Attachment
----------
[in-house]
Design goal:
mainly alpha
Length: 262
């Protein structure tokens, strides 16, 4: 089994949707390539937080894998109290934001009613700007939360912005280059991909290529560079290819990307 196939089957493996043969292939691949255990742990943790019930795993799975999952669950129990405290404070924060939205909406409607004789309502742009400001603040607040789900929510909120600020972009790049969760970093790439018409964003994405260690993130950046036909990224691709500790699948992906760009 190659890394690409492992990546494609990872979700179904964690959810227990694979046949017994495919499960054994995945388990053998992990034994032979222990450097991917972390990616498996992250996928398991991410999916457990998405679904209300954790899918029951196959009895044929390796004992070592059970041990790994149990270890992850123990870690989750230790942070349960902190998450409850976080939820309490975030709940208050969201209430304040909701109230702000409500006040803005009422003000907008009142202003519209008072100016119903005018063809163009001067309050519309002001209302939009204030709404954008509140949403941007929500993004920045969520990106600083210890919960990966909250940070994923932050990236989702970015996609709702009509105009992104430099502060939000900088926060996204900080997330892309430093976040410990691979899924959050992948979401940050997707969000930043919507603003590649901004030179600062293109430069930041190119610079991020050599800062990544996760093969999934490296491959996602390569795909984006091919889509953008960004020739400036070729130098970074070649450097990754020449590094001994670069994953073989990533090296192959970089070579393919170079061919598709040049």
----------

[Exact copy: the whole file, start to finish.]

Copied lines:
[in-house]
Design goal:
mainly alpha
Length: 262
């Protein structure tokens, strides 16, 4: 089994949707390539937080894998109290934001009613700007939360912005280059991909290529560079290819990307 196939089957493996043969292939691949255990742990943790019930795993799975999952669950129990405290404070924060939205909406409607004789309502742009400001603040607040789900929510909120600020972009790049969760970093790439018409964003994405260690993130950046036909990224691709500790699948992906760009 190659890394690409492992990546494609990872979700179904964690959810227990694979046949017994495919499960054994995945388990053998992990034994032979222990450097991917972390990616498996992250996928398991991410999916457990998405679904209300954790899918029951196959009895044929390796004992070592059970041990790994149990270890992850123990870690989750230790942070349960902190998450409850976080939820309490975030709940208050969201209430304040909701109230702000409500006040803005009422003000907008009142202003519209008072100016119903005018063809163009001067309050519309002001209302939009204030709404954008509140949403941007929500993004920045969520990106600083210890919960990966909250940070994923932050990236989702970015996609709702009509105009992104430099502060939000900088926060996204900080997330892309430093976040410990691979899924959050992948979401940050997707969000930043919507603003590649901004030179600062293109430069930041190119610079991020050599800062990544996760093969999934490296491959996602390569795909984006091919889509953008960004020739400036070729130098970074070649450097990754020449590094001994670069994953073989990533090296192959970089070579393919170079061919598709040049």